- Suspend any further implementation of Title III of the Helms‐Burton Act. We urge you to use the Presidential waiver provision to prohibit any further private lawsuits over property claims under Title III of the Helms‐burton Act. Legitimate property claims should be settled through negotiations; permitting private lawsuits against third parties for their involvement in Cuba will, in the end, likely make it more difficult to settle U.S. property claims. In addition to the long‐term damage to U.S. claims, the uncertainty introduced by these lawsuits may discourage foreign investment, and harm the Cuban the Cuban people, putting people’s access to food supplies and other basic goods at risk.
- Rescind the executive order that sanctions foreign companies that ship oil from Venezuela to Cuba. Efforts to block oil shipments can have severe disruptive effects on the Cuban population. Attempting to influence the Cuban government’s Venezuela policy by causing additional suffering for ordinary Cubans is neither a moral nor wise course of action.
- Re‐staff the U.S. embassy in Havana and restore fully functioning consular services. The reduction in U.S. Embassy staff in Havana means that far fewer Cuban pastors and members of their congregations are able to travel to the U.S. and meet with their partner churches and communities. We understand the seriousness of the health threats to Embassy personnel but hope that circumstances will permit normal visa processing to resume soon. In addition, we have an obligation to the Cuban people under the 1994 migration accord to provide 20,000 immigrant visas annually, an obligation we have failed to meet since the consular section was closed.
- Direct the Department of State to resume the U.S.‐Cuba Bilateral Commission dialogues on issues like human rights, law enforcement, property claims, and migration. In the Administration’s June 2017 National Security Presidential Memorandum on Cuba policy, it directed the U.S. government to continue engaging the Cuban government on issues that advance the interests of the United States and the Cuban people. The United States has a range of mutual interests with Cuba that directly benefit from engagement. Deepening security cooperation on issues such as human trafficking, drug smuggling, maritime safety, and environmental disasters serves the interest of both countries.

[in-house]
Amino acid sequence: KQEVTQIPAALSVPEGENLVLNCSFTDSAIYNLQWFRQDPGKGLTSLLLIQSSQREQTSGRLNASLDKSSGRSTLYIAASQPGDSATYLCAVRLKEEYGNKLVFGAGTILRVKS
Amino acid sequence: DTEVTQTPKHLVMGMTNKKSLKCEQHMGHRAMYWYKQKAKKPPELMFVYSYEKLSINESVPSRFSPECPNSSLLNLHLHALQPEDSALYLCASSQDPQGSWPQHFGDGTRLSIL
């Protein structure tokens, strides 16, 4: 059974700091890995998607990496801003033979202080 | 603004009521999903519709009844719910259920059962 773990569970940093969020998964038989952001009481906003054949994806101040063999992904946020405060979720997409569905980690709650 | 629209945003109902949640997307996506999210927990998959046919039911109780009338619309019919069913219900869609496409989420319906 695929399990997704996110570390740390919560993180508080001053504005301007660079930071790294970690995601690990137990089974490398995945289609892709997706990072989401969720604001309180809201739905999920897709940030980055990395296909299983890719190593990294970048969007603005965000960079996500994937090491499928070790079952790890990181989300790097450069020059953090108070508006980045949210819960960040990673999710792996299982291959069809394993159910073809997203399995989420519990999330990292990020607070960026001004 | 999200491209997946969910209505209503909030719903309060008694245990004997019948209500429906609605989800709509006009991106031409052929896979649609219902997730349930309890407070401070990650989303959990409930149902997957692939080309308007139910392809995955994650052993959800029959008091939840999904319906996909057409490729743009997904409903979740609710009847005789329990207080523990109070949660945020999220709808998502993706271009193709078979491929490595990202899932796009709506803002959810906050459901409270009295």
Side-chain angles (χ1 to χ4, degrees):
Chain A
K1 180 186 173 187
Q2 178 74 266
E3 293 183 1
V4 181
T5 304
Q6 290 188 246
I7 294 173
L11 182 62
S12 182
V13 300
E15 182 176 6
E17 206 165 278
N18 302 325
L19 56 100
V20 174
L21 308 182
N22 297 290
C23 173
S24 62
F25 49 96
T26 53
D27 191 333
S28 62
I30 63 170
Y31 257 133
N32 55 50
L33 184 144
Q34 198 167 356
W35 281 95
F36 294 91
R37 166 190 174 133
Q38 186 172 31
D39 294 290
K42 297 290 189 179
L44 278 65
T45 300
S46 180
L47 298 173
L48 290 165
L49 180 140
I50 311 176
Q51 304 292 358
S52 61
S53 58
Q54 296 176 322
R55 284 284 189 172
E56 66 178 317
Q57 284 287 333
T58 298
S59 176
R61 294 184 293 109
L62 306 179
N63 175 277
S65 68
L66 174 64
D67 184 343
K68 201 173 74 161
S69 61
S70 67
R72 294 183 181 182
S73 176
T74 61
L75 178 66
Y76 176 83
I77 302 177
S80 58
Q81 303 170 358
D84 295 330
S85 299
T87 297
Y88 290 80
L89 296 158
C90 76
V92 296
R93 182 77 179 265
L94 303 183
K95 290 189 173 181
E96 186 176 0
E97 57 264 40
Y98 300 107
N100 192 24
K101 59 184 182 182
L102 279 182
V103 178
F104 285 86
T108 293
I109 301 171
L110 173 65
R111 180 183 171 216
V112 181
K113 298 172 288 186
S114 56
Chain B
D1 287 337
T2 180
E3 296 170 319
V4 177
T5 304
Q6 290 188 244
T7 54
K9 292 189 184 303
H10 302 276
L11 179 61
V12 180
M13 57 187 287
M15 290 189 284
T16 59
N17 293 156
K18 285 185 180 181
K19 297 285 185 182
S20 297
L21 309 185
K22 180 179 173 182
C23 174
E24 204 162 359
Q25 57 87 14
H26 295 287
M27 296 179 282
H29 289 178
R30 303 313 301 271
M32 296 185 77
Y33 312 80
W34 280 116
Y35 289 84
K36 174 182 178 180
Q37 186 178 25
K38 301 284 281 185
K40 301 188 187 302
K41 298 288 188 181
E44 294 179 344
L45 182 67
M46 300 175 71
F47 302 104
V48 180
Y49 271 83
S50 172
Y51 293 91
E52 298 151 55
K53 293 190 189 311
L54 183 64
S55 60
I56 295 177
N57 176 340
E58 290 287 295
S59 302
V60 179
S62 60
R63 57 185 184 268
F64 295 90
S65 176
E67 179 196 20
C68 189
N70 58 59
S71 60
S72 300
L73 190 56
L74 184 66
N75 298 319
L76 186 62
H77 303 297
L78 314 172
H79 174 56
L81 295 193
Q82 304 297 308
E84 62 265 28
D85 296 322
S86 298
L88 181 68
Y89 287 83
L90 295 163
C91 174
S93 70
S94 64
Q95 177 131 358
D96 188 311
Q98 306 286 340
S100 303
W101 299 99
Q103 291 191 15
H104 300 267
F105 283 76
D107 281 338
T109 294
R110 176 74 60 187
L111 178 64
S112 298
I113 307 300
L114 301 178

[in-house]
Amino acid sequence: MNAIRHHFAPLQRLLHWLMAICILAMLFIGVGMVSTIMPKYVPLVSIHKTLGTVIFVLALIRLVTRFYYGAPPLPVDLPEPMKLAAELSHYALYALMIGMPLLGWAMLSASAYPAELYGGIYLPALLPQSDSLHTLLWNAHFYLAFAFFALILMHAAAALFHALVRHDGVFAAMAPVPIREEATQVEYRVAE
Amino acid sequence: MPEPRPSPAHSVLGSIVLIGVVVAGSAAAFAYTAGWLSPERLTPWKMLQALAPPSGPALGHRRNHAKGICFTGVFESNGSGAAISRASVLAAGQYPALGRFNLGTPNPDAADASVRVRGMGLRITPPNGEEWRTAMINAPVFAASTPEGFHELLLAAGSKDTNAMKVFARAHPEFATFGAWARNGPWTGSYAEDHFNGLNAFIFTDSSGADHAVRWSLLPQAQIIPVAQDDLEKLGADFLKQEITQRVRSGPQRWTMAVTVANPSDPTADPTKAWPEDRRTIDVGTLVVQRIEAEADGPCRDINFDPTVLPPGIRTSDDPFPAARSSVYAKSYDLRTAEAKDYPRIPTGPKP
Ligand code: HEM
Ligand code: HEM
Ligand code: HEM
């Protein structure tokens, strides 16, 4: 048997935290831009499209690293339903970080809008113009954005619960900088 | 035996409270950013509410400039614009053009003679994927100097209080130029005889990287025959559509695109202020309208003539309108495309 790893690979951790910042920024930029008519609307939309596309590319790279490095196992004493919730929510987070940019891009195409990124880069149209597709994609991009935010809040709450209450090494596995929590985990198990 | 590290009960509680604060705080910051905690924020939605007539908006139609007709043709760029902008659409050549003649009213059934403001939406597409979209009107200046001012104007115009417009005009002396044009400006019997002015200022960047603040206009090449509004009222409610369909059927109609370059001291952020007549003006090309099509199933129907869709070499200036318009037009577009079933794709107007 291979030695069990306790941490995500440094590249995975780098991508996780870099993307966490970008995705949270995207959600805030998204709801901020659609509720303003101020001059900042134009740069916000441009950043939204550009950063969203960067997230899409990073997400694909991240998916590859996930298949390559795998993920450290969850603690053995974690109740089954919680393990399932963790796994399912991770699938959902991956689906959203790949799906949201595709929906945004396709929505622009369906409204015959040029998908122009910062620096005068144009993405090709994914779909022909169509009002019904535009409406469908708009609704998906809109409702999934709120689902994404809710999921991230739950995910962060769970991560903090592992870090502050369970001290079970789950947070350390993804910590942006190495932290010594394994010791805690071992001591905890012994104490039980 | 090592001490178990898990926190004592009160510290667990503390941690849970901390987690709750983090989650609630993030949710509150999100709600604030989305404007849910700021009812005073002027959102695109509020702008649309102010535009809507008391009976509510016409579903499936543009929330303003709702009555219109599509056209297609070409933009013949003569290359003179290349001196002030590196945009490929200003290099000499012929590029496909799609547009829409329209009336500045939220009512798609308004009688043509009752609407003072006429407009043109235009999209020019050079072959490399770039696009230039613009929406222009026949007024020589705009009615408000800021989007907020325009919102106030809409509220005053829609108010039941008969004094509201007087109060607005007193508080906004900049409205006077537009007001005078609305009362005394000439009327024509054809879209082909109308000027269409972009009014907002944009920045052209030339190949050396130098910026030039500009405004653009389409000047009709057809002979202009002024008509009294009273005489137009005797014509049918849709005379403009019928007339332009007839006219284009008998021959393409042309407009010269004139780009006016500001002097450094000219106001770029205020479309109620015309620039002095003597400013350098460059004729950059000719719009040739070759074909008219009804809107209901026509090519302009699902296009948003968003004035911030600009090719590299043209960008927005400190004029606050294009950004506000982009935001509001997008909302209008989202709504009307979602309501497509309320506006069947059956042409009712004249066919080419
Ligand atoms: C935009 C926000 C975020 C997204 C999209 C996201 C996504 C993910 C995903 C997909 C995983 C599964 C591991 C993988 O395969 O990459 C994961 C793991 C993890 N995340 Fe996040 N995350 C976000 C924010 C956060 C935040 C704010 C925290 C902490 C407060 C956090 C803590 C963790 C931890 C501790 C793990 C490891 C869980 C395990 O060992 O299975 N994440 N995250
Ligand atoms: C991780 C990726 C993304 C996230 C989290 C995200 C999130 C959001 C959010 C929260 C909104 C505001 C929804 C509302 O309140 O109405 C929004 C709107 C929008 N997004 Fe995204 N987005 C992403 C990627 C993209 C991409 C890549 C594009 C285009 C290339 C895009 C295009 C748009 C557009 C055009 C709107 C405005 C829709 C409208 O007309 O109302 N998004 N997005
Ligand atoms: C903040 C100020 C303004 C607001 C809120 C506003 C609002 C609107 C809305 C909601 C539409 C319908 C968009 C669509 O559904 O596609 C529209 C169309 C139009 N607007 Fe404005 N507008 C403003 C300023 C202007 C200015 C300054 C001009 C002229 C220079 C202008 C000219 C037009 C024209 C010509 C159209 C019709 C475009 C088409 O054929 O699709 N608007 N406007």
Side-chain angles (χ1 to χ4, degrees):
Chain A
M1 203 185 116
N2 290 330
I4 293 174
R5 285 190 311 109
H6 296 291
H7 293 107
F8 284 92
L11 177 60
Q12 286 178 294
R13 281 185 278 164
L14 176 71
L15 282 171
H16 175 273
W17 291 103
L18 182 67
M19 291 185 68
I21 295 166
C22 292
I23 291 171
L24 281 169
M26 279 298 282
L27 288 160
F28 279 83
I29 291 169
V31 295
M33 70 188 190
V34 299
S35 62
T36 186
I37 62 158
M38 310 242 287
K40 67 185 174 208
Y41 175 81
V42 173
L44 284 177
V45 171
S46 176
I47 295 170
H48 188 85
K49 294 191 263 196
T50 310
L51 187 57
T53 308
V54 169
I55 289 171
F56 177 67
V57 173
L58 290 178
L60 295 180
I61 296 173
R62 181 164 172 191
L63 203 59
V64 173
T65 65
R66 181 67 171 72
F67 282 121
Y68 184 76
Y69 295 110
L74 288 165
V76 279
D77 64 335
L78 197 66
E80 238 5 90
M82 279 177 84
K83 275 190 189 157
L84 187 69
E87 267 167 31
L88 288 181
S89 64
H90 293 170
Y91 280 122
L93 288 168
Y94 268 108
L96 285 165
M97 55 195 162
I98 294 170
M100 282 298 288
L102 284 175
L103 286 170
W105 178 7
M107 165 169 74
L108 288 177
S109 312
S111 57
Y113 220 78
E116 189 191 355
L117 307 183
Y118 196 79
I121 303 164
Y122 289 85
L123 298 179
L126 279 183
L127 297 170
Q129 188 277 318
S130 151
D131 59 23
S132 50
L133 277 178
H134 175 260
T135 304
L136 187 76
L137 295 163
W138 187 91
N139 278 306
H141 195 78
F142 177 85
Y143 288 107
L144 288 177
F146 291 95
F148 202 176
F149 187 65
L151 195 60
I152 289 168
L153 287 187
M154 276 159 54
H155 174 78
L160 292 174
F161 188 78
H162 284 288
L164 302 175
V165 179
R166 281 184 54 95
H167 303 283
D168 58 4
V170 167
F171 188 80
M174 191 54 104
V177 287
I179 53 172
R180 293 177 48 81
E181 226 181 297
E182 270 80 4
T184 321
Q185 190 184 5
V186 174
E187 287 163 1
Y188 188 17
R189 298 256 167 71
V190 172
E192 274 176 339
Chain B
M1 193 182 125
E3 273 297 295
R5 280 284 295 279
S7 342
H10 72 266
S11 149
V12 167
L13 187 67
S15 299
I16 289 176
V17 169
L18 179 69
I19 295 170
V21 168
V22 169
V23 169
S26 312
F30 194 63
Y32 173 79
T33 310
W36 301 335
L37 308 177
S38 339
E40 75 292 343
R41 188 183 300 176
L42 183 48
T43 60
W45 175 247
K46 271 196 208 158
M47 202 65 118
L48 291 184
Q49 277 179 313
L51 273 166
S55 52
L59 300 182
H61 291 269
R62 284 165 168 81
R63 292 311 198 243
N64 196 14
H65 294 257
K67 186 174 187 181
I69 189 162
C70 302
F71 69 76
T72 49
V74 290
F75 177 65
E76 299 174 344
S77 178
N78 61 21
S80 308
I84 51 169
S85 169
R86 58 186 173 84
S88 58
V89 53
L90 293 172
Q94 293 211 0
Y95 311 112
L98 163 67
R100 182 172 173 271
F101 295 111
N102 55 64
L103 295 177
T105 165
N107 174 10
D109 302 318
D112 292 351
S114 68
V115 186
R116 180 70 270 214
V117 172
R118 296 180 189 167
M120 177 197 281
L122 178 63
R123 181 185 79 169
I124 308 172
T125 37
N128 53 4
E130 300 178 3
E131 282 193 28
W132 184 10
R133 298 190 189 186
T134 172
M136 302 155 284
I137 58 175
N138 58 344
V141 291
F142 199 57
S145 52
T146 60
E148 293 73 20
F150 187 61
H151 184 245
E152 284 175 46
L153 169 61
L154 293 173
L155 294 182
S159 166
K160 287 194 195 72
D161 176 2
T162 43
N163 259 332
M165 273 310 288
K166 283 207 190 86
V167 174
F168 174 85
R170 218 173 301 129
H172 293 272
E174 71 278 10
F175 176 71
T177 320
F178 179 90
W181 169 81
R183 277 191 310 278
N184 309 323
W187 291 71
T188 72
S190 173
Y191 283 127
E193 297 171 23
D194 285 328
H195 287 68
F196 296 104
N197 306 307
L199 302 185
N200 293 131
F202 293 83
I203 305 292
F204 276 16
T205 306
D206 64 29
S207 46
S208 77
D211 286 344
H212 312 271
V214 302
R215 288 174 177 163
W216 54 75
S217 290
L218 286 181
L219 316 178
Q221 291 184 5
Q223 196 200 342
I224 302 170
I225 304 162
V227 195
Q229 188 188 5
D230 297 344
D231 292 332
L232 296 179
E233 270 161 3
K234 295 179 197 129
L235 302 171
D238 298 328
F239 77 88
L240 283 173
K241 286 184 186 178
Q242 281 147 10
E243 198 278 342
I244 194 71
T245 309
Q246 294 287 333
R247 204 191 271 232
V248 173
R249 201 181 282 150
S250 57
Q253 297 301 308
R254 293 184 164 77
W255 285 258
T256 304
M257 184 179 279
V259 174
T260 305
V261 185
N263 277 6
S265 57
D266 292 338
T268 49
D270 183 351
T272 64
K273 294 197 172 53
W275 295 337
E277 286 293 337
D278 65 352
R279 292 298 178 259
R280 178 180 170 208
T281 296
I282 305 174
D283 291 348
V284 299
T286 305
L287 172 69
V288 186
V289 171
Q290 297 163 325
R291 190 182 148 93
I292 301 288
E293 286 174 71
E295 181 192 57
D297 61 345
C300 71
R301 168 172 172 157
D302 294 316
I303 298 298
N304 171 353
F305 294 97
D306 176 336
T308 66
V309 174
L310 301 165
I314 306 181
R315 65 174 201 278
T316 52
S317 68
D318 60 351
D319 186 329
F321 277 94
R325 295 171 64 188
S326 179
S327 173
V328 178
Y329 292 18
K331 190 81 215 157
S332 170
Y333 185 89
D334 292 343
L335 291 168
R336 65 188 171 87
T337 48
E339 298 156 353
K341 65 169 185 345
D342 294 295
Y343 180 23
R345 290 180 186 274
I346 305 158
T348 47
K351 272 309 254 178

Religious freedom has expanded greatly in the past two decades, as the State Department’s annual report on religious freedom has recognized. While there are issues to resolve, there is no question that faith communities in Cuba have the freedom to worship and are experiencing tremendous growth. We know from our partners in the faith communities in Cuba that the Cuban people overwhelmingly oppose the punitive approach being pursued today; rather they support a new relationship and want deeper ties with the United States. As religious membership and attendance in Cuba has grown over recent years, we feel a renewed urgency to end the embargo and move toward full normalization of the U.S.‐Cuba relationship.
Engagement with Cuba does not constitute an endorsement of all its policies; it responds to the humanitarian concerns that our partner churches in Cuba have raised with us. We believe a relaxation of recent sanctions against Cuba, combined with a renewed commitment to dialogue around issues of mutual interest, will ease some of the economic hardship currently faced by the Cuban people and create new opportunities for advancing the interests of the American and Cuban people. We ask you to take this course of action because it is right, both morally and pragmatically.
Alliance of Baptists
American Friends Service Committee
Church World Service
Evangelical Lutheran Church in America
Friends Committee on National Legislation
Global Ministries of the Christian Church (Disciples of Christ) and United Church of Christ
Latin America Working Group
Maryknoll Office for Global Concerns
National Council of Churches
Office of Social Justice, Christian Reformed Church
Presbyterian Church (USA)
United Church of Christ, Justice and Witness Ministries
The United Methodist Church General Board of Church and Society